NATIONAL NEWS - After the World Health Organisation’s (WHO) recent appeal to open up findings on Covid-19 as it unveiled a global knowledge-sharing platform, the Commission for the Promotion and Protection of Cultural, Religious and Linguistic Communities (CRL) yesterday called for traditional healers to be included.
The WHO information pool is intended to be a voluntary worldwide repository of intellectual property and open-sourced data, allowing everyone involved to benefit from each other’s advances in a common front against the new coronavirus.
Costa Rican President Carlos Alvarado, who first proposed the idea, said now was no time to be selfish in the race to find effective vaccines, treatments, and technology to combat the deadly pandemic sweeping the globe.
“The idea is to make available for everybody around the world the different advancements and innovations,” Alvarado said at a WHO press conference, via videolink.
“We want to see those innovations and technologies as global public goods to protect humanity against this threat.”
CRL chair Professor David Mosoma said the commission applauded all efforts being made both locally and globally to develop vaccines and a cure.
“Cognisant of the potential and efficacy of traditional and natural healing for a variety of physical and emotional ailments, the commission strongly encourages the inclusion of African traditional health practitioners in our worldwide search for remedies that can contribute to combatting the virus,” Mosoma said.
Dozens of vaccine projects have been launched worldwide and several clinical trials are under way to try to find a cure for the disease.
“The profound health and socio-economic impact of Covid-19 in South Africa, Africa, and the world underscores the urgency of developing small scale and local economic initiatives, including the growth of indigenous medicinal plants,” said Mosoma.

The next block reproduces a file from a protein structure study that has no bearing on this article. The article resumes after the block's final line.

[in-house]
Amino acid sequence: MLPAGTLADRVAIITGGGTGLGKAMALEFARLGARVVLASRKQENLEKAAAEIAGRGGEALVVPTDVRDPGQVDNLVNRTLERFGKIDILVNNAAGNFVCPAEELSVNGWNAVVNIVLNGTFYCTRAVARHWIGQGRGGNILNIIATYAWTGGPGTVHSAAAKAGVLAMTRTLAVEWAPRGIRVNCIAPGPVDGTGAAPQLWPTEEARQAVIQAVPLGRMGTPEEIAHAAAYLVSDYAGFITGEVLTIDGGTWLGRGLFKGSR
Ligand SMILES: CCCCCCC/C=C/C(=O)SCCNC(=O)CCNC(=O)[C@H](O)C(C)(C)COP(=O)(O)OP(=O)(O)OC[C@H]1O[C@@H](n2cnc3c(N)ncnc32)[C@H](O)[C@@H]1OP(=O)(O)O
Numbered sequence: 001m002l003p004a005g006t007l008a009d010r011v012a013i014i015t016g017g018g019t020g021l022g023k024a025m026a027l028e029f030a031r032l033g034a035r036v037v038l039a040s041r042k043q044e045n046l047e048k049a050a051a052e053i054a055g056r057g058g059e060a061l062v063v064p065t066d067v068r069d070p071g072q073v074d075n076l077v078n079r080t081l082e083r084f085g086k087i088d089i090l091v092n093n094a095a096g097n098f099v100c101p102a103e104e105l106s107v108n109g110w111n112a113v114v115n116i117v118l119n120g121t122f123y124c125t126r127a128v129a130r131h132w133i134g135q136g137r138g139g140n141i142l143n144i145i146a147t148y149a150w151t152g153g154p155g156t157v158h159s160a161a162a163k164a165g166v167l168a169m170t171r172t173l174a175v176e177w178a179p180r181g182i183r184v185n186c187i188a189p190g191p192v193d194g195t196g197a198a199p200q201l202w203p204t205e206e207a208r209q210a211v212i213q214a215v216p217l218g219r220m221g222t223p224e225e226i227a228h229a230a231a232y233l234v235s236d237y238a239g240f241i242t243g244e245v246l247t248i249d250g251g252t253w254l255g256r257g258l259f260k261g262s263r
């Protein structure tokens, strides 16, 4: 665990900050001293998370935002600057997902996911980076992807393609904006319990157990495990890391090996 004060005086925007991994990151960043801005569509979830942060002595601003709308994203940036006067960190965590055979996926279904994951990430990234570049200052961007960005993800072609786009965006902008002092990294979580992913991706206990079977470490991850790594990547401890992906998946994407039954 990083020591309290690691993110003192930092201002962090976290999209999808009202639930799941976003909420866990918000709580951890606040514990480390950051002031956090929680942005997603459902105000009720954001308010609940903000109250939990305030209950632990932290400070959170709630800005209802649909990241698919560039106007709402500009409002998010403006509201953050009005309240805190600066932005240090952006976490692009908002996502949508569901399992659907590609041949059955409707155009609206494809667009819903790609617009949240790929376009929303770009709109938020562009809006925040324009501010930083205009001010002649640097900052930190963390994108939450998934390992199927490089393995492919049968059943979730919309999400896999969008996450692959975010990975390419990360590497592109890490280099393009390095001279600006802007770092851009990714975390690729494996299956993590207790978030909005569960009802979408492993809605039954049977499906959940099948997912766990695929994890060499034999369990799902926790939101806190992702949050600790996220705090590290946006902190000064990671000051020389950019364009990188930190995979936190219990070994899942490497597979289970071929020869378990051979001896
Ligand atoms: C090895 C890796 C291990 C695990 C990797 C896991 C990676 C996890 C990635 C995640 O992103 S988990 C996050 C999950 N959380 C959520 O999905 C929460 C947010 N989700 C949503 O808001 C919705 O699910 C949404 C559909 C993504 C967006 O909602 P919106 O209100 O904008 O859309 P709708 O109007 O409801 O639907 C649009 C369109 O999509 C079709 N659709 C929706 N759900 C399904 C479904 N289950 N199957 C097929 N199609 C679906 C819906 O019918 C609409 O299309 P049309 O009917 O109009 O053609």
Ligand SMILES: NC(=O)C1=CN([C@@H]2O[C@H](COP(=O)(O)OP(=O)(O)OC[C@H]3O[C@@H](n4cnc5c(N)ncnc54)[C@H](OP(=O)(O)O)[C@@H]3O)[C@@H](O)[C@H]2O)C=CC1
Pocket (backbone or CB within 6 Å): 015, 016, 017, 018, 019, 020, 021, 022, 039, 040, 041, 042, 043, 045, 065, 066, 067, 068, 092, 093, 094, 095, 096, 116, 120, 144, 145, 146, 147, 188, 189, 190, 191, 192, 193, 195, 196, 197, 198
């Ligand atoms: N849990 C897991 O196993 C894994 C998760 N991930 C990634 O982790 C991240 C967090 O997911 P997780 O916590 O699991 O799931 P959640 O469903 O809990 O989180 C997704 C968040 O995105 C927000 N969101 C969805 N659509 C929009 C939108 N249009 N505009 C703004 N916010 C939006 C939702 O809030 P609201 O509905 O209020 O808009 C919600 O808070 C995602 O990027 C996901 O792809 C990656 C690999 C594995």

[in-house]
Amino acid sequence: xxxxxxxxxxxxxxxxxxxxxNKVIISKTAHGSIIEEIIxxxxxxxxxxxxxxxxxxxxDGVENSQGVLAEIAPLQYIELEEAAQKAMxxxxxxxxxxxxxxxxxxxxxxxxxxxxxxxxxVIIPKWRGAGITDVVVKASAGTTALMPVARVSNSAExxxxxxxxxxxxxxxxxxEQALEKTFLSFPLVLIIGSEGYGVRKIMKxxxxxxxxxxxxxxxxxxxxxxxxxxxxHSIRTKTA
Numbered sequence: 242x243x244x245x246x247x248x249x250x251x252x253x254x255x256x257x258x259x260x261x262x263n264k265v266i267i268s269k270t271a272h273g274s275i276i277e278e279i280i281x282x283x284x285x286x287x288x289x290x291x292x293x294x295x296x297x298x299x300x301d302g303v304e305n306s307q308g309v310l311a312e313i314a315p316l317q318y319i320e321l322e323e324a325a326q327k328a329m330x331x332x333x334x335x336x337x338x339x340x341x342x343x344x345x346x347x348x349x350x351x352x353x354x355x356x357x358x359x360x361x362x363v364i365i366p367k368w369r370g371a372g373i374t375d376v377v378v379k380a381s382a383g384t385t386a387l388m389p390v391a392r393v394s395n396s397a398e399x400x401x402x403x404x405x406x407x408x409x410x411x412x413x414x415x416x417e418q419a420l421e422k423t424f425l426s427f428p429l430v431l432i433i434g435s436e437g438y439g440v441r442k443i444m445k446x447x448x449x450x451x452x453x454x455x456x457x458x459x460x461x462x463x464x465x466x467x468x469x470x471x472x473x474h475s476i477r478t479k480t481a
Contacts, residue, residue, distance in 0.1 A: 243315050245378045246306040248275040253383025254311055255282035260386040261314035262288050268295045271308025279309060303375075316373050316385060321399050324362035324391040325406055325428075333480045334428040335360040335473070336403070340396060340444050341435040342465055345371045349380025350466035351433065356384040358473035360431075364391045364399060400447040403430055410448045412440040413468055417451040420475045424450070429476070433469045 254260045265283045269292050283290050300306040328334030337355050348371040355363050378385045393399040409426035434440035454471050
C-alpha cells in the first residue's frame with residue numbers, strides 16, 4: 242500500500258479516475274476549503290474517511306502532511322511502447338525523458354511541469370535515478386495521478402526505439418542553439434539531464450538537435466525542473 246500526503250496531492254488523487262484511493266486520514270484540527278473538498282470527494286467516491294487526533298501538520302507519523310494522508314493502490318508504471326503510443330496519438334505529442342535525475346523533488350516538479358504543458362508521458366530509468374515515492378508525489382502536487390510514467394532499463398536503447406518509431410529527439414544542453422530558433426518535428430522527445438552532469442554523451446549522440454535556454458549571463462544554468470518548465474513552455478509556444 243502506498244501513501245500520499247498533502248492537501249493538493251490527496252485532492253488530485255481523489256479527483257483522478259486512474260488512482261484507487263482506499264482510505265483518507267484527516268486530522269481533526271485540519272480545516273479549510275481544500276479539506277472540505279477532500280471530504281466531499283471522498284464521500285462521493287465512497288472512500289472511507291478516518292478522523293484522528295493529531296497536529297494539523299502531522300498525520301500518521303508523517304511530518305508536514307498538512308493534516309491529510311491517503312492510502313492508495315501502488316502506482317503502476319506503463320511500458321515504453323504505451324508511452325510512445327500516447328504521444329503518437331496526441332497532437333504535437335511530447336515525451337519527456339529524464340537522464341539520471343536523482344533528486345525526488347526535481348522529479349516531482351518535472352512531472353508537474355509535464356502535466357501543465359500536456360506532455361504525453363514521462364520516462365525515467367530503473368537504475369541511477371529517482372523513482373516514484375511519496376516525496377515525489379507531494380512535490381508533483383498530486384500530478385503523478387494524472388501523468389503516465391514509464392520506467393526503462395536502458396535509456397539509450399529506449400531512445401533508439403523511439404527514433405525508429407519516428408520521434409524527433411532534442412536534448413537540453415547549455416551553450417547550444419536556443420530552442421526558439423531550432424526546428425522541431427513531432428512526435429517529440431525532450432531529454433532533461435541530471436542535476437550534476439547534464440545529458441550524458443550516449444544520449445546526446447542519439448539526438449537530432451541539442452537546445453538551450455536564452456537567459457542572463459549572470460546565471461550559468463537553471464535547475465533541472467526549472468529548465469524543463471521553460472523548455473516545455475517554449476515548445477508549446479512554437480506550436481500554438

“It is for this reason that the CRL Rights Commission has called for the establishment of a South African institute for integrated African herbal medicine in which the traditional health practitioners are a significant part.
“The institute will, inter alia, deal with research, cultivation and processing of medicinal plants to determine efficacy and quality of the medicine required.”
The potential financial stakes are huge and several major pharmaceutical companies are racing against the clock in the hope of being the first to bring a vaccine to market.
Sanofi, a French pharmaceutical company, triggered a storm this week when it said that any potential Covid-19 vaccine it reached would go to the United States first because Washington was helping to fund its quest.
WHO chief Tedros Adhanom Ghebreyesus said researchers were working at breakneck speed to understand the virus and develop potential vaccines and medicines.
However, “traditional market models will not deliver at the scale needed to cover the entire globe”, he said. “In these extraordinary circumstances, we need to unleash the full power of science to deliver innovations that are scalable, usable, and benefit everyone, everywhere, at the same time,” Ghebreyesus said.
“Solidarity within and between countries and the private sector is essential if we are to overcome these difficult times.”
The platform will be officially launched on 29 May.
Additional reporting by AFP